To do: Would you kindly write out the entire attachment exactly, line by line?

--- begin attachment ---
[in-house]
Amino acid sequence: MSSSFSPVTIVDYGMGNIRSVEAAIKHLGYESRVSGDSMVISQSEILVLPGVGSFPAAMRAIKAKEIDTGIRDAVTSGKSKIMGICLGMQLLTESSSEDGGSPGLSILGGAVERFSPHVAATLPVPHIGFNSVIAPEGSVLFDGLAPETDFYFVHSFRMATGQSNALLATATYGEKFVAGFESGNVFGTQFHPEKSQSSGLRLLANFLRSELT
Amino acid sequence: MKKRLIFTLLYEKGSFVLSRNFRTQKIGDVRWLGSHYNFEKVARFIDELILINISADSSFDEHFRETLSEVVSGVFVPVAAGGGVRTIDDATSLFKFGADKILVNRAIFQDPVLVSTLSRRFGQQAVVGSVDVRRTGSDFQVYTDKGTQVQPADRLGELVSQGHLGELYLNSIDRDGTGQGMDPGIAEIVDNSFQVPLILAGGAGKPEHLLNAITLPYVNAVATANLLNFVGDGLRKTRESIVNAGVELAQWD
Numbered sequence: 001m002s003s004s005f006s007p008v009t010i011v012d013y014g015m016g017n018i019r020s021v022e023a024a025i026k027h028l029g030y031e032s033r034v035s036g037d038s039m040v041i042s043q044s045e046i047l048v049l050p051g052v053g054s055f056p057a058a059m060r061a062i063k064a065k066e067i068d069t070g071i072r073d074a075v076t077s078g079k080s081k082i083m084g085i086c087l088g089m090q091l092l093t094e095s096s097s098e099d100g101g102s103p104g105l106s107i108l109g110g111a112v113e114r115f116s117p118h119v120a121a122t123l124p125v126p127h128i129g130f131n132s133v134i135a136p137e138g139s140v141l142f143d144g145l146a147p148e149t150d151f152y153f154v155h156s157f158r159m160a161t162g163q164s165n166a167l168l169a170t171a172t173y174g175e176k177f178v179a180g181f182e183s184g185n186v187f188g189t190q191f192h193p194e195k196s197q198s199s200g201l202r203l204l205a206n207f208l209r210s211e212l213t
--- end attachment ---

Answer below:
[in-house]
Amino acid sequence: MSSSFSPVTIVDYGMGNIRSVEAAIKHLGYESRVSGDSMVISQSEILVLPGVGSFPAAMRAIKAKEIDTGIRDAVTSGKSKIMGICLGMQLLTESSSEDGGSPGLSILGGAVERFSPHVAATLPVPHIGFNSVIAPEGSVLFDGLAPETDFYFVHSFRMATGQSNALLATATYGEKFVAGFESGNVFGTQFHPEKSQSSGLRLLANFLRSELT
Amino acid sequence: MKKRLIFTLLYEKGSFVLSRNFRTQKIGDVRWLGSHYNFEKVARFIDELILINISADSSFDEHFRETLSEVVSGVFVPVAAGGGVRTIDDATSLFKFGADKILVNRAIFQDPVLVSTLSRRFGQQAVVGSVDVRRTGSDFQVYTDKGTQVQPADRLGELVSQGHLGELYLNSIDRDGTGQGMDPGIAEIVDNSFQVPLILAGGAGKPEHLLNAITLPYVNAVATANLLNFVGDGLRKTRESIVNAGVELAQWD
Numbered sequence: 001m002s003s004s005f006s007p008v009t010i011v012d013y014g015m016g017n018i019r020s021v022e023a024a025i026k027h028l029g030y031e032s033r034v035s036g037d038s039m040v041i042s043q044s045e046i047l048v049l050p051g052v053g054s055f056p057a058a059m060r061a062i063k064a065k066e067i068d069t070g071i072r073d074a075v076t077s078g079k080s081k082i083m084g085i086c087l088g089m090q091l092l093t094e095s096s097s098e099d100g101g102s103p104g105l106s107i108l109g110g111a112v113e114r115f116s117p118h119v120a121a122t123l124p125v126p127h128i129g130f131n132s133v134i135a136p137e138g139s140v141l142f143d144g145l146a147p148e149t150d151f152y153f154v155h156s157f158r159m160a161t162g163q164s165n166a167l168l169a170t171a172t173y174g175e176k177f178v179a180g181f182e183s184g185n186v187f188g189t190q191f192h193p194e195k196s197q198s199s200g201l202r203l204l205a206n207f208l209r210s211e212l213t